As a public school teacher, I frequently feel overwhelmed by the sheer amount of information I receive. I get data about student performance, about equity measures, about student’s lives and about parent’s aspirations. Yet at some point during my graduate coursework I started to rethink how I approached exactly what value I was getting from that data, and from my degree more generally. That was when this new term started popping in my mind: the macroscope.
A microscope takes an object and magnifies a single component. A (metaphorical) macroscope, on the other hand, takes the small pieces and takes a step back; it assembles them together and allows us to see a bigger picture. It lets us stop asking “what is this data?” and, “what are their implications?” and instead start asking, “why are we gathering and using this data in the first place?”
To me, this is fundamentally a feature of good data visualization, and an essential component of a New Data Epistemology.
Take, for example, Albert Munsell’s color scheme.
Munsell created a way of modeling our perception of color with an irregular orb. Colors run across the equator. The axis of the orb goes from white at the north pole to black as the south, while horizontally each value is a gradation that goes from no saturation to full saturation.
This could be used to describe virtually any perceptible color, and it was particularly revolutionary in the early 1900’s because earlier attempts at color spheres had used symmetric shapes, which did not capture the limitations of human perception.
Munsell was a researcher, taking measurements of visual responses methodically and with an eye for scientific rigor. This accounts for the irregularity in the shape of the orb: colors are as perceptually uniform as he could get, which reflected the inability of the human eye to discern every conceivable color perfectly.
As he noted:
Desire to fit a chosen contour, such as the pyramid, cone, cylinder or cube, coupled with a lack of proper tests, has led to many distorted statements of color relations, and it becomes evident, when physical measurement of pigment values and chromas is studied, that no regular contour will serve.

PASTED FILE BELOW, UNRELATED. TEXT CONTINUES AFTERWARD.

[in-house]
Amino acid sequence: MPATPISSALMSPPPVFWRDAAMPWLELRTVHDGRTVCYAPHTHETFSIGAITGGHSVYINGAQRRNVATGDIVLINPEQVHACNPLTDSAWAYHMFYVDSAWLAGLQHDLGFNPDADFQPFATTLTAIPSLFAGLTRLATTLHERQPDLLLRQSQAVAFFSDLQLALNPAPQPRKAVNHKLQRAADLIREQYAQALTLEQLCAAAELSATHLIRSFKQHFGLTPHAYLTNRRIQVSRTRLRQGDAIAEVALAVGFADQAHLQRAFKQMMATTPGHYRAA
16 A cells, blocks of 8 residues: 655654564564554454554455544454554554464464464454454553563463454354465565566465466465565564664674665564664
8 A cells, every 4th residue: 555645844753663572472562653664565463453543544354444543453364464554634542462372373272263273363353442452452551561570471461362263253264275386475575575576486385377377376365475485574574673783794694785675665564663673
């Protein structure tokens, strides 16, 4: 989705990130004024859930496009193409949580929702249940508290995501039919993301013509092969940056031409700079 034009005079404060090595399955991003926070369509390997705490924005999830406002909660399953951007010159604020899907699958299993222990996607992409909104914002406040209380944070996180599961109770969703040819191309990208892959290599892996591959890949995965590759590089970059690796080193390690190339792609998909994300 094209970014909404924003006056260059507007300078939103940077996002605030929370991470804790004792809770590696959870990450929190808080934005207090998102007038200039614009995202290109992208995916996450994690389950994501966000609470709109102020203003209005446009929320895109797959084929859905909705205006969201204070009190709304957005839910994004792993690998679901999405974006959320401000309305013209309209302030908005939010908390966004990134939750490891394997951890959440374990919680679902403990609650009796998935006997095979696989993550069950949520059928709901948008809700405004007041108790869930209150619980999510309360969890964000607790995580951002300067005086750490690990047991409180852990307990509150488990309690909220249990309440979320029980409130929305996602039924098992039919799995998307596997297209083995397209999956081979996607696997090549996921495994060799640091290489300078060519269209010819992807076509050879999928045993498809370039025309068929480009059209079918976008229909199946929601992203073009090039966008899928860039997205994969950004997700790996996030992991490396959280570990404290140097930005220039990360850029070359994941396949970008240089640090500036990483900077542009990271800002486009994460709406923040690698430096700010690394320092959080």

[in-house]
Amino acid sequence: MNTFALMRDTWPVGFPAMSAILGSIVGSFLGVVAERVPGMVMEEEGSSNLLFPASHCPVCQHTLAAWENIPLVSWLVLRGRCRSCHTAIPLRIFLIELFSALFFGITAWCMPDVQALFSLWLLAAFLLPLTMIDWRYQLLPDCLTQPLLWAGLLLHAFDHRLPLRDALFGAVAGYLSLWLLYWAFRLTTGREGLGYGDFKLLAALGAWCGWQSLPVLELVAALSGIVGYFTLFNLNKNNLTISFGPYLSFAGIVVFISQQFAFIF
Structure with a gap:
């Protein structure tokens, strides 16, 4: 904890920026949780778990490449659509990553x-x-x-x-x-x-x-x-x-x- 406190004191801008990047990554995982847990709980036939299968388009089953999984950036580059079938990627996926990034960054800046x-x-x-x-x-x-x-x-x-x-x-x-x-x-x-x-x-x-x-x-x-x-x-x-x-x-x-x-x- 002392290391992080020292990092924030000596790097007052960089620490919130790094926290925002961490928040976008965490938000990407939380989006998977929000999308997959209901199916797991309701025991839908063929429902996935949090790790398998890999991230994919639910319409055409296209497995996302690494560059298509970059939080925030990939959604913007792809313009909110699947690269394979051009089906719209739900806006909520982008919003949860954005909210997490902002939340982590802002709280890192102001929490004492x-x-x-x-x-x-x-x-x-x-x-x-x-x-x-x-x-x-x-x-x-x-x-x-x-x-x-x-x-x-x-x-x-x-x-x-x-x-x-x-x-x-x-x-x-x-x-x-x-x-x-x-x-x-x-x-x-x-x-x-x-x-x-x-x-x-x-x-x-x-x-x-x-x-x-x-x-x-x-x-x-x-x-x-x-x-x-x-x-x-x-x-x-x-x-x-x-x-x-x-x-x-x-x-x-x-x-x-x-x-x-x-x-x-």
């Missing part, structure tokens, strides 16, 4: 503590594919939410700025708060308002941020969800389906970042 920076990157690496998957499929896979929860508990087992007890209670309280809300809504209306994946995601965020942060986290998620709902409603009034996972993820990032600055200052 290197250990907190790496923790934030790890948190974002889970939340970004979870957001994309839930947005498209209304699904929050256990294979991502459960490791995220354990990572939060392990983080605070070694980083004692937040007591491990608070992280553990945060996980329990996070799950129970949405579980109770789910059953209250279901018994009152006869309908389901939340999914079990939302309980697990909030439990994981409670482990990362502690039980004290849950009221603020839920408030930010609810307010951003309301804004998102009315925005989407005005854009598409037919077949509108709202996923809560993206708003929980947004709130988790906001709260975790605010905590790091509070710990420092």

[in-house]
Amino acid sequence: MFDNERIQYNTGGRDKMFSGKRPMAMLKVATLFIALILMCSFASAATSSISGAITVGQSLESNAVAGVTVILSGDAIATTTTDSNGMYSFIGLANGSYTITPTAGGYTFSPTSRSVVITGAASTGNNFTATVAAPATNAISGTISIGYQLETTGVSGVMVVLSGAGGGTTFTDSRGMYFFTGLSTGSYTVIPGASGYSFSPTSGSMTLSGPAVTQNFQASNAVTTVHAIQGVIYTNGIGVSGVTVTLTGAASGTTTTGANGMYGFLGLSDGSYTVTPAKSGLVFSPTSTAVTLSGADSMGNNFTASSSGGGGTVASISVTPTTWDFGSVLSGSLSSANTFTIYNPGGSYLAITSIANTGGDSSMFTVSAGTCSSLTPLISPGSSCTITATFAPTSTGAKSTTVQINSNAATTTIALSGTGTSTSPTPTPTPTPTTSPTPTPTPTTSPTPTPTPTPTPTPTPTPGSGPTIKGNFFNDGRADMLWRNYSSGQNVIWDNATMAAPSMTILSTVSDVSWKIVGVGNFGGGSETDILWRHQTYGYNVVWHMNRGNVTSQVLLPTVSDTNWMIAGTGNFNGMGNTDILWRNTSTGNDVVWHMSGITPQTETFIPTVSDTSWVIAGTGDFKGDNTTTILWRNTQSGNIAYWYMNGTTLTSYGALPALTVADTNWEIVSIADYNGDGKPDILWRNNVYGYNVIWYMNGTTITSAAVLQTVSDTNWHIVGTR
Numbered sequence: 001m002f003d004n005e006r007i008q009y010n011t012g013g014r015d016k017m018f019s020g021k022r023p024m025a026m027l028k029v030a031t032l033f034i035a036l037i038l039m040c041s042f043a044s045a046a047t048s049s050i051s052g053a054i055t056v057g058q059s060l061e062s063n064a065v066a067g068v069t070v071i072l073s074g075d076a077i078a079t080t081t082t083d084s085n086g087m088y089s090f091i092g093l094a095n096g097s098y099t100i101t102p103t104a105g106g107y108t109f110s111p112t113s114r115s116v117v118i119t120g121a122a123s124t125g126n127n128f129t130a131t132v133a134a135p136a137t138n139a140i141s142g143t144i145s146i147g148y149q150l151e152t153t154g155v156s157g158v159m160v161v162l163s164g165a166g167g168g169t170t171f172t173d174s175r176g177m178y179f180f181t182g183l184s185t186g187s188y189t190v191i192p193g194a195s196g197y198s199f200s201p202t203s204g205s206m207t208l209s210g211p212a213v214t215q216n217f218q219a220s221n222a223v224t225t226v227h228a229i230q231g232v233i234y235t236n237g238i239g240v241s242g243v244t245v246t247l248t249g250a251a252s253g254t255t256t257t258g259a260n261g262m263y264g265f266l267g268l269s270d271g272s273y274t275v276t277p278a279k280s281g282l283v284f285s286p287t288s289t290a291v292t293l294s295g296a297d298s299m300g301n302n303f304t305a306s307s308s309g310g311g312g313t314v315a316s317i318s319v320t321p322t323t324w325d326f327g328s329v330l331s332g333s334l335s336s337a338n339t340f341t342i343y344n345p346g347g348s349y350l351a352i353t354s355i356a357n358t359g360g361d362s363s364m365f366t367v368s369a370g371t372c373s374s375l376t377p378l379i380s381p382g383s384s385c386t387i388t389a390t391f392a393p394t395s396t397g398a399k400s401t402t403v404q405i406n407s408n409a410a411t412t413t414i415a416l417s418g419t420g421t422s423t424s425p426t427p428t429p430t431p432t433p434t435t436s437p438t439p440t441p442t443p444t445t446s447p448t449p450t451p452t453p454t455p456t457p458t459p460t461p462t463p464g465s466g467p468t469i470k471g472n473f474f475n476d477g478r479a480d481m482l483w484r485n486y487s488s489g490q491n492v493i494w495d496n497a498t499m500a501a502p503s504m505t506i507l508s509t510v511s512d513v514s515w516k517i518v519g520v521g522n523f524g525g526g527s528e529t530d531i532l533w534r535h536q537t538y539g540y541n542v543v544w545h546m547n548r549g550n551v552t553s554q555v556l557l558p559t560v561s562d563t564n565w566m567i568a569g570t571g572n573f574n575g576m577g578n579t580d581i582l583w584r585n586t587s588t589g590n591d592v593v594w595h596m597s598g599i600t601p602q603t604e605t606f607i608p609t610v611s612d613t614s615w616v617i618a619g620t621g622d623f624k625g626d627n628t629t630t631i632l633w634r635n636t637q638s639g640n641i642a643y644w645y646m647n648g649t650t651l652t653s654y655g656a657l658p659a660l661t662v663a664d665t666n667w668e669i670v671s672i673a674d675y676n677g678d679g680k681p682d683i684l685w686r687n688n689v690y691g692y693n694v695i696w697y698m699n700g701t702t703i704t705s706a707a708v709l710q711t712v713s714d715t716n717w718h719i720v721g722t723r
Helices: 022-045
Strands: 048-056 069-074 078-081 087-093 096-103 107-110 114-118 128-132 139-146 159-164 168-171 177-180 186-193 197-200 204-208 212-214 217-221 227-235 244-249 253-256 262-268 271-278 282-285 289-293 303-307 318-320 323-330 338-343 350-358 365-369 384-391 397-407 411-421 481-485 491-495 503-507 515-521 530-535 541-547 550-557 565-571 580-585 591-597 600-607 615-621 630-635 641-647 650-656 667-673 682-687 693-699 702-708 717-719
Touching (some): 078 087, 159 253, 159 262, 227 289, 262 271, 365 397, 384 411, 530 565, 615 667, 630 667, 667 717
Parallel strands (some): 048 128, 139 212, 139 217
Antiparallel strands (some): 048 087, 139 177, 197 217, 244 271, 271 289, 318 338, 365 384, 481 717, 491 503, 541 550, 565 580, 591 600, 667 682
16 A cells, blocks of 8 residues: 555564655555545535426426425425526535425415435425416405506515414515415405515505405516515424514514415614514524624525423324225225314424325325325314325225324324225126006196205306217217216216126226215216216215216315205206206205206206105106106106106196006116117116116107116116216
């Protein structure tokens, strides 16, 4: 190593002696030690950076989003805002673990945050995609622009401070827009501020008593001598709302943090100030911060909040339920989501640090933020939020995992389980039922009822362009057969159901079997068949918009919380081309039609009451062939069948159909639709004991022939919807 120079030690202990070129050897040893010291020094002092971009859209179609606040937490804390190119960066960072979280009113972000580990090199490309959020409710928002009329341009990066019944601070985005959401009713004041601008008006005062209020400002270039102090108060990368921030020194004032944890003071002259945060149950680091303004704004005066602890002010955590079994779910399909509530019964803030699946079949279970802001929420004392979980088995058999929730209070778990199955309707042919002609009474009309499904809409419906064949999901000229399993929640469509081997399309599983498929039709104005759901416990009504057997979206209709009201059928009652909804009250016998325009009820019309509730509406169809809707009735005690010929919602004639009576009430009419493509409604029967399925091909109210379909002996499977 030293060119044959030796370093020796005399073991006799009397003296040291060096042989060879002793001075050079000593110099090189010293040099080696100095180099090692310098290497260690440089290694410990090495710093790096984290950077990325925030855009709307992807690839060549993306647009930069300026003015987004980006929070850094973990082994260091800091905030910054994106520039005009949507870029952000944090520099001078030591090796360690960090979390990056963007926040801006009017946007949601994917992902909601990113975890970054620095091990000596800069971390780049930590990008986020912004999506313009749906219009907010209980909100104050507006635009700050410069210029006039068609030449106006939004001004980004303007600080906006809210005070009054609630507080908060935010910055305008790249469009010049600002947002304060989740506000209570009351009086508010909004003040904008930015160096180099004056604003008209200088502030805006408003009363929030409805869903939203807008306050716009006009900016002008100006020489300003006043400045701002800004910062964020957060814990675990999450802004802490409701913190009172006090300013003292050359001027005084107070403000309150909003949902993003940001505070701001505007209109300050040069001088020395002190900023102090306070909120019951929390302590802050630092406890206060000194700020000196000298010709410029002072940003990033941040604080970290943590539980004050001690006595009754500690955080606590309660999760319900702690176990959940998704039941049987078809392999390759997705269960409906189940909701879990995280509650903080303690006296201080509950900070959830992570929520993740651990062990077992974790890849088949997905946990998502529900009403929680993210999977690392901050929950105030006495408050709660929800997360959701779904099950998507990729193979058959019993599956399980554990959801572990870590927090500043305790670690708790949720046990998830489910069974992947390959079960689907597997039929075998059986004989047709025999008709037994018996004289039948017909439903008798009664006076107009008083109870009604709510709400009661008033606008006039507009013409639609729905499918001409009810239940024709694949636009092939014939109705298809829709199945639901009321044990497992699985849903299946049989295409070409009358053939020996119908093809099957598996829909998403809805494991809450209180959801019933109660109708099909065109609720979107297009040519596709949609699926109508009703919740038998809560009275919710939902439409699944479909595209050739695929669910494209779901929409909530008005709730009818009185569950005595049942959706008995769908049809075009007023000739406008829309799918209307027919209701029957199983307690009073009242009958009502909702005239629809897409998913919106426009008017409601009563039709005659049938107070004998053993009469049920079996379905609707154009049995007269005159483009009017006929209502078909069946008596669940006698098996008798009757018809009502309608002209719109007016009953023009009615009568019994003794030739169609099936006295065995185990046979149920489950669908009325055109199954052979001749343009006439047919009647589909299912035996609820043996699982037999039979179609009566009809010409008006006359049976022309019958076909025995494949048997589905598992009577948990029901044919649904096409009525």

(From Munsell’s “A Pigment Color System and Notation”)
This is what is interesting about his work. What is particularly striking is that he did not try to fit his schema into preexisting limits. Prior attempts at 3-dimensional representations of color had tried to fit them into a regular sphere, which simply did not model reality. He instead let the science guide his visualization. In doing so, he was able to capture more information in a way that was more understandable. He began with diagrams like this:
But ended with this:
An adequate visualization begs the question of why it matters; a truly good visualization demonstrates its importance implicitly.
This may be a jump here, but this makes me think of a concept that appears from time to time in my graduate literature, called dysconsciousness (See for more information Ladson-Billings, 2009). This is the practice of uncritical settlement to the status quo. It is this idea that even if—or maybe precisely because—you understand that you have some privilege, if you don’t critical reflect on how you will act on it, you are contributing to a status quo—one that in my line of work means a system that is deeply unequal. In other words, without really thinking about how all the parts relate in a scientific and critical way, and without determining what that means about a system as a whole (whether it is a social system like schools or a scientific system like the perception of color), we simply keep doing the same thing over again. We need a macroscope in our lives in order to parse out exactly how we can act. Munsell used one; we need them desperately in data sciences today.
I think if were to have seen the term dysconsciousness a few years ago, I would have thought about my time at the University of Chicago. It implies, ultimately, an uncritical habit of mind, and if the University of Chicago taught me anything, it’s that an uncritical mind is a wasted mind.
Our perceptions, attitudes, assumptions, and beliefs that justify inequity and exploitation are fundamentally predicated on abdicating our intellectual capacities to critically analyze and challenge the structures and institutions in which we act. We only accept the existing order of things as given if we accept that order as right. This, I think, is a fundamental element of the New Data Epistemology: it is a macroscope for big data, and as such demands that people think, and think critically. I can only hope that what we create will serve to change the status quo, and challenge systems that we know are not right.
It is far easier, like Munsell suggested, to simply try to fit everything into a simple shape, even if we know it doesn’t work. But he didn’t. It only takes one person to make us rethink our assumptions, and it only takes one person to reshape how we think about the world.
Thanks for reading.
Ladson-Billings, G. (2009). The dreamkeepers: Successful teachers of African American children. San Francisco, Calif: Jossey-Bass Publishers.
Munsell, A.H. (1905). A Color Notation: A measured color system, based on the three qualities of Hue, Value, and Chroma, with Illustrative Models, Charts, and a Course of Study arranged for teachers. Boston: Geo. H. Ellis Co.